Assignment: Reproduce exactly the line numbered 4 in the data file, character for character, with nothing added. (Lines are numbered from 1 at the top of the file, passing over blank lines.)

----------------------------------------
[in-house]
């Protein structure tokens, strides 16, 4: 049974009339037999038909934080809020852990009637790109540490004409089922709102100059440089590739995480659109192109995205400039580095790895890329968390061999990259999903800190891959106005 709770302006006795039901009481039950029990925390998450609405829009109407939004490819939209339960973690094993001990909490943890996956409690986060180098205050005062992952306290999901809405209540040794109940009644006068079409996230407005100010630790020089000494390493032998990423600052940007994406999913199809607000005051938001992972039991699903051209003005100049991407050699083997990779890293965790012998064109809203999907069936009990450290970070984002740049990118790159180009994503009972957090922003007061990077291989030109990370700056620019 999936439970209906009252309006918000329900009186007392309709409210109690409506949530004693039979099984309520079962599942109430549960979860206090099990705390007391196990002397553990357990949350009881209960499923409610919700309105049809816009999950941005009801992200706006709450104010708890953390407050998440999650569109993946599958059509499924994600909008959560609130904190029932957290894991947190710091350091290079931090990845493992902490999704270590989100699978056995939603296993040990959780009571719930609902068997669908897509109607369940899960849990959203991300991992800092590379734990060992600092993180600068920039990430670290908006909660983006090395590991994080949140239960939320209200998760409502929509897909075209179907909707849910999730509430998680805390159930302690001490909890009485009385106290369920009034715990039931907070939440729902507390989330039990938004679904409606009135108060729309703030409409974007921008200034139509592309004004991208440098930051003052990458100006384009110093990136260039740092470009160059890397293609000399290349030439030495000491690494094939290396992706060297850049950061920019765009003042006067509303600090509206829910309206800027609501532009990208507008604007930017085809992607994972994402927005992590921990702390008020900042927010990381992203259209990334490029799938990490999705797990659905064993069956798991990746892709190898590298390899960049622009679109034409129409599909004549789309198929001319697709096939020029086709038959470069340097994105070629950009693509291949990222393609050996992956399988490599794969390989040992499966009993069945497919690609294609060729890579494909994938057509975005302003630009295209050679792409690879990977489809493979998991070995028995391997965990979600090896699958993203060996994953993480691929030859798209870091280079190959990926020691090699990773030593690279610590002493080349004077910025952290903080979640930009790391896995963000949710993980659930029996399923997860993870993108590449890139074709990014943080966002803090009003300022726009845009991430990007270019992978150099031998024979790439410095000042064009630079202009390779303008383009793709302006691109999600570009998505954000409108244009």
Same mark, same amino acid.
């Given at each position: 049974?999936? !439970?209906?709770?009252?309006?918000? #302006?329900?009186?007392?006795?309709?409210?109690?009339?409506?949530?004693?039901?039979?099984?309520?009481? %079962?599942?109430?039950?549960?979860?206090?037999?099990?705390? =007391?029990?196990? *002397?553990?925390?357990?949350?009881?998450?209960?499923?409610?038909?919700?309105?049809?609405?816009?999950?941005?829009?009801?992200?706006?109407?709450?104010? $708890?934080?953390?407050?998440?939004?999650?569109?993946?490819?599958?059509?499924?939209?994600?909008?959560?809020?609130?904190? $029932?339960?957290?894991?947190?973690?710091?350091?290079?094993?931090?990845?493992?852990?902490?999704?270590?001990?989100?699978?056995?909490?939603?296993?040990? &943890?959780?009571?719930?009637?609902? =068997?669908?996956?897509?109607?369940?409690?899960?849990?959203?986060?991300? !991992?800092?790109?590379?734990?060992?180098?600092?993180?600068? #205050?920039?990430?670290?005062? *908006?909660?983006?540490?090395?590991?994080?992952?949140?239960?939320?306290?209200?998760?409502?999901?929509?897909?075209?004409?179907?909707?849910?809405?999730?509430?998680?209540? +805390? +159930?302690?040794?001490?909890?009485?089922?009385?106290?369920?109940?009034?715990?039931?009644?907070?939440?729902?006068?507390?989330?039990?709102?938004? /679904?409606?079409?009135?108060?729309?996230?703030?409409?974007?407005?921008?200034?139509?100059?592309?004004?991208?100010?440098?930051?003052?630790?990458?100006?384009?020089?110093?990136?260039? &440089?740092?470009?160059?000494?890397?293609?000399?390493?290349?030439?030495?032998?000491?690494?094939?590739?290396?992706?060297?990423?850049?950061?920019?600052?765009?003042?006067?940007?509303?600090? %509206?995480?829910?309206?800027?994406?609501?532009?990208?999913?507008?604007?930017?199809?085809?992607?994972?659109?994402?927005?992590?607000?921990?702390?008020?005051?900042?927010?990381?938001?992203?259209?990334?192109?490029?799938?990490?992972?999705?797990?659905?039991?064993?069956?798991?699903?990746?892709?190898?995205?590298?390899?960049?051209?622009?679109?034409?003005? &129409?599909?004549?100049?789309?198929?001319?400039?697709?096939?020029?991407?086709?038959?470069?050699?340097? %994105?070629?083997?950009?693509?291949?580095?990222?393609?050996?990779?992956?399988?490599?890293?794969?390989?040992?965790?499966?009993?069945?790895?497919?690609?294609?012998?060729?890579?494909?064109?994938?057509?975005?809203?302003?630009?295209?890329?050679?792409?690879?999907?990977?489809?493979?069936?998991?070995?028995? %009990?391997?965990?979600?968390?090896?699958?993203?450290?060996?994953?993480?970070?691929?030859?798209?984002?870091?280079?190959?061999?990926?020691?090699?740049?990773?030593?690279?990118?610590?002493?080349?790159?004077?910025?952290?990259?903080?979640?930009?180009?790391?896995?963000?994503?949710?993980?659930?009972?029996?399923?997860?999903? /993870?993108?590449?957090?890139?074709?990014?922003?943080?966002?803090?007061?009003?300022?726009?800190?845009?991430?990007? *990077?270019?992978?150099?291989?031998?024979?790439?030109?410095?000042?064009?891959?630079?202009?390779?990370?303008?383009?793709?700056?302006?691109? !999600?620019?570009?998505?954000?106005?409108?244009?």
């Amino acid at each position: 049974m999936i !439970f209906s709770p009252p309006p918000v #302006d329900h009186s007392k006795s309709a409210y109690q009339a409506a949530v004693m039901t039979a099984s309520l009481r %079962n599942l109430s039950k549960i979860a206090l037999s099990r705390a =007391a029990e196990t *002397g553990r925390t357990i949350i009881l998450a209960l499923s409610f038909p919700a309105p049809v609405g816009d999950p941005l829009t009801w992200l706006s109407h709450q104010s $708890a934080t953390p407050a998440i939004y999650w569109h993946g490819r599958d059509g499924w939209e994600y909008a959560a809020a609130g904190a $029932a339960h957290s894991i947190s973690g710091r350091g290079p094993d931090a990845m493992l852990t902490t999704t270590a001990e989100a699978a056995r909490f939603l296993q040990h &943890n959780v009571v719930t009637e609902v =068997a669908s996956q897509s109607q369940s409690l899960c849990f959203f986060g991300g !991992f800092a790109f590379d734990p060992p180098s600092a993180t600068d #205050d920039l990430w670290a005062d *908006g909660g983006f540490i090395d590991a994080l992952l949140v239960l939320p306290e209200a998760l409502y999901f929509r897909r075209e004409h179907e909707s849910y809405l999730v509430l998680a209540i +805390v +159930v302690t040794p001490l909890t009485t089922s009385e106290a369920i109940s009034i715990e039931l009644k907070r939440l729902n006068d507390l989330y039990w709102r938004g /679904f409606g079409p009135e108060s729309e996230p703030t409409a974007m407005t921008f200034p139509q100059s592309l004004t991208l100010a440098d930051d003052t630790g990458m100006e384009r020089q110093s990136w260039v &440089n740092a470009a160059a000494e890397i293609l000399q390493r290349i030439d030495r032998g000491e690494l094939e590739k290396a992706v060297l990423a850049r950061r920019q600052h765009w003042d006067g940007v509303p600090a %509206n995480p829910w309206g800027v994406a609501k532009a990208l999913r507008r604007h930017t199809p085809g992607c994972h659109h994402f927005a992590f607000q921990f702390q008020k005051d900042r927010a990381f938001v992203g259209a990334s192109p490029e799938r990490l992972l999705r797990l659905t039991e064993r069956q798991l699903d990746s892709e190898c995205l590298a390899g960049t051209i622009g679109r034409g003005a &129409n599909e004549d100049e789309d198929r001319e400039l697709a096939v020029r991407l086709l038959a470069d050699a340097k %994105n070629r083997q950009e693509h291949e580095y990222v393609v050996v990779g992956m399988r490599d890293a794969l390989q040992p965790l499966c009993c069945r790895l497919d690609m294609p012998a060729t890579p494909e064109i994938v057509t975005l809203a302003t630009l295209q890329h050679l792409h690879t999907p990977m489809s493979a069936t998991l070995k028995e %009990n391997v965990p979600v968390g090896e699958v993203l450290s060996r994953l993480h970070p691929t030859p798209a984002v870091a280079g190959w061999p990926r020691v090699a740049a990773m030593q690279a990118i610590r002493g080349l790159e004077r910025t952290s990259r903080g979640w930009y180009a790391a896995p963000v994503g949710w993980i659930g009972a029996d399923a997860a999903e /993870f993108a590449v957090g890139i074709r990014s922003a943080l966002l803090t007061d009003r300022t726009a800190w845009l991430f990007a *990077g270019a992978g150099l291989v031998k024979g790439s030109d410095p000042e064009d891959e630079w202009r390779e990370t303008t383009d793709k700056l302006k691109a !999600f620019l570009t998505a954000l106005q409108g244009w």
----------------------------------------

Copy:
């Given at each position: 049974?999936? !439970?209906?709770?009252?309006?918000? #302006?329900?009186?007392?006795?309709?409210?109690?009339?409506?949530?004693?039901?039979?099984?309520?009481? %079962?599942?109430?039950?549960?979860?206090?037999?099990?705390? =007391?029990?196990? *002397?553990?925390?357990?949350?009881?998450?209960?499923?409610?038909?919700?309105?049809?609405?816009?999950?941005?829009?009801?992200?706006?109407?709450?104010? $708890?934080?953390?407050?998440?939004?999650?569109?993946?490819?599958?059509?499924?939209?994600?909008?959560?809020?609130?904190? $029932?339960?957290?894991?947190?973690?710091?350091?290079?094993?931090?990845?493992?852990?902490?999704?270590?001990?989100?699978?056995?909490?939603?296993?040990? &943890?959780?009571?719930?009637?609902? =068997?669908?996956?897509?109607?369940?409690?899960?849990?959203?986060?991300? !991992?800092?790109?590379?734990?060992?180098?600092?993180?600068? #205050?920039?990430?670290?005062? *908006?909660?983006?540490?090395?590991?994080?992952?949140?239960?939320?306290?209200?998760?409502?999901?929509?897909?075209?004409?179907?909707?849910?809405?999730?509430?998680?209540? +805390? +159930?302690?040794?001490?909890?009485?089922?009385?106290?369920?109940?009034?715990?039931?009644?907070?939440?729902?006068?507390?989330?039990?709102?938004? /679904?409606?079409?009135?108060?729309?996230?703030?409409?974007?407005?921008?200034?139509?100059?592309?004004?991208?100010?440098?930051?003052?630790?990458?100006?384009?020089?110093?990136?260039? &440089?740092?470009?160059?000494?890397?293609?000399?390493?290349?030439?030495?032998?000491?690494?094939?590739?290396?992706?060297?990423?850049?950061?920019?600052?765009?003042?006067?940007?509303?600090? %509206?995480?829910?309206?800027?994406?609501?532009?990208?999913?507008?604007?930017?199809?085809?992607?994972?659109?994402?927005?992590?607000?921990?702390?008020?005051?900042?927010?990381?938001?992203?259209?990334?192109?490029?799938?990490?992972?999705?797990?659905?039991?064993?069956?798991?699903?990746?892709?190898?995205?590298?390899?960049?051209?622009?679109?034409?003005? &129409?599909?004549?100049?789309?198929?001319?400039?697709?096939?020029?991407?086709?038959?470069?050699?340097? %994105?070629?083997?950009?693509?291949?580095?990222?393609?050996?990779?992956?399988?490599?890293?794969?390989?040992?965790?499966?009993?069945?790895?497919?690609?294609?012998?060729?890579?494909?064109?994938?057509?975005?809203?302003?630009?295209?890329?050679?792409?690879?999907?990977?489809?493979?069936?998991?070995?028995? %009990?391997?965990?979600?968390?090896?699958?993203?450290?060996?994953?993480?970070?691929?030859?798209?984002?870091?280079?190959?061999?990926?020691?090699?740049?990773?030593?690279?990118?610590?002493?080349?790159?004077?910025?952290?990259?903080?979640?930009?180009?790391?896995?963000?994503?949710?993980?659930?009972?029996?399923?997860?999903? /993870?993108?590449?957090?890139?074709?990014?922003?943080?966002?803090?007061?009003?300022?726009?800190?845009?991430?990007? *990077?270019?992978?150099?291989?031998?024979?790439?030109?410095?000042?064009?891959?630079?202009?390779?990370?303008?383009?793709?700056?302006?691109? !999600?620019?570009?998505?954000?106005?409108?244009?």